Double standards in sentence structure: Passive voice in narratives describing domestic violence

Alexandra K. Frazer, Michelle Miller

Research output: Contribution to journalArticle

7 Citations (Scopus)

Abstract

Previous research has shown that passive voice predominates in mass media reports describing male violence against women. However, there has been little systematic study of narratives describing female violence against men. The authors analyzed the impact of perpetrator gender on verb voice, first in a content analysis of published news stories and second in a new procedure for eliciting written narratives with male or female perpetrators. Results reveal an increased frequency of passive voice when perpetrators are male. These findings suggest that writers specifically prefer the passive voice to describe male-on-female violence rather than for violent or negative acts in general.

Original languageEnglish (US)
Pages (from-to)62-71
Number of pages10
JournalJournal of Language and Social Psychology
Volume28
Issue number1
DOIs
StatePublished - Mar 2009

Fingerprint

Domestic Violence
domestic violence
Violence
violence
narrative
mass media
Mass Media
content analysis
news
writer
gender
Passive Voice
Perpetrators
Research

Keywords

  • Domestic violence
  • Gender differences
  • Interpersonal violence
  • Language production
  • Mass media
  • Verb voice

ASJC Scopus subject areas

  • Linguistics and Language
  • Social Psychology
  • Education
  • Anthropology
  • Sociology and Political Science

Cite this

Double standards in sentence structure : Passive voice in narratives describing domestic violence. / Frazer, Alexandra K.; Miller, Michelle.

In: Journal of Language and Social Psychology, Vol. 28, No. 1, 03.2009, p. 62-71.

Research output: Contribution to journalArticle

@article{0dbd20619dae4220932a40caf9ea8f14,
title = "Double standards in sentence structure: Passive voice in narratives describing domestic violence",
abstract = "Previous research has shown that passive voice predominates in mass media reports describing male violence against women. However, there has been little systematic study of narratives describing female violence against men. The authors analyzed the impact of perpetrator gender on verb voice, first in a content analysis of published news stories and second in a new procedure for eliciting written narratives with male or female perpetrators. Results reveal an increased frequency of passive voice when perpetrators are male. These findings suggest that writers specifically prefer the passive voice to describe male-on-female violence rather than for violent or negative acts in general.",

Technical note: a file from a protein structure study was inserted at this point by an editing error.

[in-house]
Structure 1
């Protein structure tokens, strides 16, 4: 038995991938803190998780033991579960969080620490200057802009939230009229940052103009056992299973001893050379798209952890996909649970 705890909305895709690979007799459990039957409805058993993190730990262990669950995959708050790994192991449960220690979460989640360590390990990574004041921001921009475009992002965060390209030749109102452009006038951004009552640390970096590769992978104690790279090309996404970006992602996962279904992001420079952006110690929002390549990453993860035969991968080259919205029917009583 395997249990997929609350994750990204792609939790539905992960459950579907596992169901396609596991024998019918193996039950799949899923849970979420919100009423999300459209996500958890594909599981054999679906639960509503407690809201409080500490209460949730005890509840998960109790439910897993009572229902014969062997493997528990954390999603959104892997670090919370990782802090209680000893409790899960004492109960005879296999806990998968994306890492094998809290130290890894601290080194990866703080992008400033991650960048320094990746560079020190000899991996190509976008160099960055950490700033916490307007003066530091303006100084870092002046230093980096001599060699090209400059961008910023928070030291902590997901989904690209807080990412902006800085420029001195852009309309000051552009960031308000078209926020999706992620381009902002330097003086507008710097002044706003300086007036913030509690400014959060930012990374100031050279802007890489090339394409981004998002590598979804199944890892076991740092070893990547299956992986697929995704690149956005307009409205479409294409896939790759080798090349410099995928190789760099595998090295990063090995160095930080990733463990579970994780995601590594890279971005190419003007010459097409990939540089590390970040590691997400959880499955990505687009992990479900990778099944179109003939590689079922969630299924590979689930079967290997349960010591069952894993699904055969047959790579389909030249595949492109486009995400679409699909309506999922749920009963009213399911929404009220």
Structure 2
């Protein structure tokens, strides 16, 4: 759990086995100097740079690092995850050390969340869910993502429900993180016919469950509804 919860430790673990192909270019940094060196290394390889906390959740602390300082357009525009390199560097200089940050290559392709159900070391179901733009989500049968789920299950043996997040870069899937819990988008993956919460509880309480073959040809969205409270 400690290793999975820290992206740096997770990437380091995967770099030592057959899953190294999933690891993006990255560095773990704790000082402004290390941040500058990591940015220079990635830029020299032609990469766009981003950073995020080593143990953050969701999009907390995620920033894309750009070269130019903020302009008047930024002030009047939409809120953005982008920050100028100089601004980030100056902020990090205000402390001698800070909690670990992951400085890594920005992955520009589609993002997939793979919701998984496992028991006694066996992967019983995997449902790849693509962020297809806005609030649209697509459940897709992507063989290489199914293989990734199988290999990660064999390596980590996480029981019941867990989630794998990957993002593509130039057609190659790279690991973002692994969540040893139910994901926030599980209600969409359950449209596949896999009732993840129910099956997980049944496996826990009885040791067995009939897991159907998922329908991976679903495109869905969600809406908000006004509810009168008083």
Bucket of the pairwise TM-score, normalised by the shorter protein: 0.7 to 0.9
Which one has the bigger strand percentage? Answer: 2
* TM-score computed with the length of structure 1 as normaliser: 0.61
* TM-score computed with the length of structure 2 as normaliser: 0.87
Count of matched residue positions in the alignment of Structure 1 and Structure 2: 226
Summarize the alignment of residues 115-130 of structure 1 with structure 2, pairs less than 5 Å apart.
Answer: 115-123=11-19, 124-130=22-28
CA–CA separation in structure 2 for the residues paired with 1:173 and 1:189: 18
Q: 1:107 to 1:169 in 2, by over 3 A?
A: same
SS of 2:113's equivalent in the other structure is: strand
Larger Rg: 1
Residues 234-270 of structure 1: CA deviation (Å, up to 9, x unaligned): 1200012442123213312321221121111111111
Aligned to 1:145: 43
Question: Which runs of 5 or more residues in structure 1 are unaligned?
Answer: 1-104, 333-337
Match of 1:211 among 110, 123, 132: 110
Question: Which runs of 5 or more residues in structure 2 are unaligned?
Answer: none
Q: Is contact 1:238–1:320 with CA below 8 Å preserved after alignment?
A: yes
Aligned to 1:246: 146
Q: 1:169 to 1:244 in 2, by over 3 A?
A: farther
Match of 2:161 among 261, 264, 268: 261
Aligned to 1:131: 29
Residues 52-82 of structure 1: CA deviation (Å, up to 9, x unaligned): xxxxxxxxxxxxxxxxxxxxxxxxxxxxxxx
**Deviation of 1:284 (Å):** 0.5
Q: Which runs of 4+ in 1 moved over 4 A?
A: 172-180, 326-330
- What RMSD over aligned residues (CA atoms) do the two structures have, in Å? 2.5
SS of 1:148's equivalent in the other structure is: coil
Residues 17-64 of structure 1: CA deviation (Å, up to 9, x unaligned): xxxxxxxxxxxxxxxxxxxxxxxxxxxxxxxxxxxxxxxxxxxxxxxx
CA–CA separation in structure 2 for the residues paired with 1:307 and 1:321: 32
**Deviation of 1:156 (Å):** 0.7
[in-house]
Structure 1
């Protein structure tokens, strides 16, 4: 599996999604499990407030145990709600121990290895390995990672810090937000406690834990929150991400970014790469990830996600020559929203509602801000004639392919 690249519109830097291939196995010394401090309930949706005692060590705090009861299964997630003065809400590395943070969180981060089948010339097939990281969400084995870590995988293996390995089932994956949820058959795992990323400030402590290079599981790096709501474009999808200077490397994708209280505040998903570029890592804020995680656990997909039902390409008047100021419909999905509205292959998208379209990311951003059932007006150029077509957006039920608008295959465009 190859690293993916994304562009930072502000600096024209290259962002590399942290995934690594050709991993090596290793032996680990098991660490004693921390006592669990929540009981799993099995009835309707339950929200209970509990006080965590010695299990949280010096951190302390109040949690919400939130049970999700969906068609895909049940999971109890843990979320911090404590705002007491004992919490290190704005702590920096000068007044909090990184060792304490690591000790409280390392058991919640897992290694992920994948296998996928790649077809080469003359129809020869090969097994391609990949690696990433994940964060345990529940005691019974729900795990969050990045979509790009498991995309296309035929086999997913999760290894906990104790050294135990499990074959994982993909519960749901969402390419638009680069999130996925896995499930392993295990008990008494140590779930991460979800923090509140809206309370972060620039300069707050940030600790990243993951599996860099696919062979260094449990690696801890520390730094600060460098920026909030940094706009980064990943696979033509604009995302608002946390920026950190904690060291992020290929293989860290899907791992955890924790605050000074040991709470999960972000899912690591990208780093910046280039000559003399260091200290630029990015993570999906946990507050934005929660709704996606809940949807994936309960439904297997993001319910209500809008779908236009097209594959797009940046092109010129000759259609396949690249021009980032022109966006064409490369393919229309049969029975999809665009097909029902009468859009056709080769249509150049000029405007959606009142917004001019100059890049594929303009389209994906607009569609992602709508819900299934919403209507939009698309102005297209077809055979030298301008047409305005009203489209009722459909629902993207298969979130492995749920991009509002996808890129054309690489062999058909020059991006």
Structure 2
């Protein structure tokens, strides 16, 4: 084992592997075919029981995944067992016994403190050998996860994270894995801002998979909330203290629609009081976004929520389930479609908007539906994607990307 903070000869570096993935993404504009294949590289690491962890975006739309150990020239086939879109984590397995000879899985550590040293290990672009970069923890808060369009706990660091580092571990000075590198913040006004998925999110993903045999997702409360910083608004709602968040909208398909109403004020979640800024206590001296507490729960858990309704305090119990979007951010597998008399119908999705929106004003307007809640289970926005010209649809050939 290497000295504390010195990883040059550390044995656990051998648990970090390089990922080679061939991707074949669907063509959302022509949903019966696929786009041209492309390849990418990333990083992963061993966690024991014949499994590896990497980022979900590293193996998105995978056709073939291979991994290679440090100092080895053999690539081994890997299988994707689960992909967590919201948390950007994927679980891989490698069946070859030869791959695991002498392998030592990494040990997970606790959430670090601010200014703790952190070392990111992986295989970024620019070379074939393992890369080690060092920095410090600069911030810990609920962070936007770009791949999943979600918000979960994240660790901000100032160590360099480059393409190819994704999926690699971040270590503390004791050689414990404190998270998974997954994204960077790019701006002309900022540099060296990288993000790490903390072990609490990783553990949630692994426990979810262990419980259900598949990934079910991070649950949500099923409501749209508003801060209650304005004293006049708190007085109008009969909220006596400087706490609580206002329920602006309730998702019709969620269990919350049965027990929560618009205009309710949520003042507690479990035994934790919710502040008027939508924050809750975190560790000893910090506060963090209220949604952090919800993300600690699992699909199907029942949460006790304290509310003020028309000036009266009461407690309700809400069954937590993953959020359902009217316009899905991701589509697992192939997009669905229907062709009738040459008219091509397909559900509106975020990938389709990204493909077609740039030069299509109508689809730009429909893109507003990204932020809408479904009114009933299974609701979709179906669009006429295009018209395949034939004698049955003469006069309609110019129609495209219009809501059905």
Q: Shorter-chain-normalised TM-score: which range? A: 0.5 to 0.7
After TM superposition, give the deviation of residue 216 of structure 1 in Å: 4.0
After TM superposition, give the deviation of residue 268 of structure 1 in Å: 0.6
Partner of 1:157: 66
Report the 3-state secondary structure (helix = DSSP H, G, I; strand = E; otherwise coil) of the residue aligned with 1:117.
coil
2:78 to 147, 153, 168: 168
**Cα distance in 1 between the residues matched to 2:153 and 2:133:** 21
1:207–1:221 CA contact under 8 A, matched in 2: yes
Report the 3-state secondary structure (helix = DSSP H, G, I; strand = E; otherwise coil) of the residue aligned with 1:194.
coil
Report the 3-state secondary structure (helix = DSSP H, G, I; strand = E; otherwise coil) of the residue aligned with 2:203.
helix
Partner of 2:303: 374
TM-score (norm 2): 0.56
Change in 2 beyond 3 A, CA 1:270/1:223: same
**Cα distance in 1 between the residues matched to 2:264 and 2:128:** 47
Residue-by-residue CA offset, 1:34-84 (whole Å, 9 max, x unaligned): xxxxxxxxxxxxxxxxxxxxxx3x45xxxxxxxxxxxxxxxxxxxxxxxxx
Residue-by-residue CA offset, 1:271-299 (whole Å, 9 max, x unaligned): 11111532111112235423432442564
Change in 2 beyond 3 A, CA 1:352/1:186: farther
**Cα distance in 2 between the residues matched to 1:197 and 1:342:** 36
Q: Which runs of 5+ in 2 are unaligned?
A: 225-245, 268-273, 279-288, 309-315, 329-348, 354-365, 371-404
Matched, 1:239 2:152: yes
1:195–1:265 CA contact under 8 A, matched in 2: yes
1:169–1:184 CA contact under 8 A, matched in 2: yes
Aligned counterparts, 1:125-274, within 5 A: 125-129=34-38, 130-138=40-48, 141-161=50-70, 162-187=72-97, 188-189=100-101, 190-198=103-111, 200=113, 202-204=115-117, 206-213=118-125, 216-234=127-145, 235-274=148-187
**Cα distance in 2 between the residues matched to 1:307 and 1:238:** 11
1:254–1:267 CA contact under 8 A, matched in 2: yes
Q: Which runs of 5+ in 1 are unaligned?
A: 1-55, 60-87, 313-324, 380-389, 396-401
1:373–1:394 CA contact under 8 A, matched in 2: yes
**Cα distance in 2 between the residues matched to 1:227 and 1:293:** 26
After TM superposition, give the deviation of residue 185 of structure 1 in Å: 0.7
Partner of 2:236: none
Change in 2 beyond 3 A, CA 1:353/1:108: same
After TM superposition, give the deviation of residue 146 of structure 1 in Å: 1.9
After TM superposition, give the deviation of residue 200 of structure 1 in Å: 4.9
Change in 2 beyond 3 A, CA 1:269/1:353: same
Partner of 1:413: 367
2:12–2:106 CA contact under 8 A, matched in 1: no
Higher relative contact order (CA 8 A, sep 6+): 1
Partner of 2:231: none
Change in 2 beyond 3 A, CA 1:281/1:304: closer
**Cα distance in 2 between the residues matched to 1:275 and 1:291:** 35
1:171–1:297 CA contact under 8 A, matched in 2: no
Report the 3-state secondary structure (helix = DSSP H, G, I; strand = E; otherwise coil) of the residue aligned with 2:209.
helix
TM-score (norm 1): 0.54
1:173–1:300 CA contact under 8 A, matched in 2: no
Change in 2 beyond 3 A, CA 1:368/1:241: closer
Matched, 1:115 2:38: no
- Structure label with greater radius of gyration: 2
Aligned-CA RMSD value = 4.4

keywords = "Domestic violence, Gender differences, Interpersonal violence, Language production, Mass media, Verb voice",
author = "Frazer, {Alexandra K.} and Michelle Miller",
year = "2009",
month = "3",
doi = "10.1177/0261927X08325883",
language = "English (US)",
volume = "28",
pages = "62--71",
journal = "Journal of Language and Social Psychology",
issn = "0261-927X",
publisher = "SAGE Publications Inc.",
number = "1",

}

TY - JOUR

T1 - Double standards in sentence structure

T2 - Passive voice in narratives describing domestic violence

AU - Frazer, Alexandra K.

AU - Miller, Michelle

PY - 2009/3

Y1 - 2009/3

N2 - Previous research has shown that passive voice predominates in mass media reports describing male violence against women. However, there has been little systematic study of narratives describing female violence against men. The authors analyzed the impact of perpetrator gender on verb voice, first in a content analysis of published news stories and second in a new procedure for eliciting written narratives with male or female perpetrators. Results reveal an increased frequency of passive voice when perpetrators are male. These findings suggest that writers specifically prefer the passive voice to describe male-on-female violence rather than for violent or negative acts in general.

AB - Previous research has shown that passive voice predominates in mass media reports describing male violence against women. However, there has been little systematic study of narratives describing female violence against men. The authors analyzed the impact of perpetrator gender on verb voice, first in a content analysis of published news stories and second in a new procedure for eliciting written narratives with male or female perpetrators. Results reveal an increased frequency of passive voice when perpetrators are male. These findings suggest that writers specifically prefer the passive voice to describe male-on-female violence rather than for violent or negative acts in general.

KW - Domestic violence

KW - Gender differences

KW - Interpersonal violence

KW - Language production

KW - Mass media

KW - Verb voice

UR - http://www.scopus.com/inward/record.url?scp=59549098108&partnerID=8YFLogxK

UR - http://www.scopus.com/inward/citedby.url?scp=59549098108&partnerID=8YFLogxK

U2 - 10.1177/0261927X08325883

DO - 10.1177/0261927X08325883

M3 - Article

AN - SCOPUS:59549098108

VL - 28

SP - 62

EP - 71

JO - Journal of Language and Social Psychology

JF - Journal of Language and Social Psychology

SN - 0261-927X

IS - 1

ER -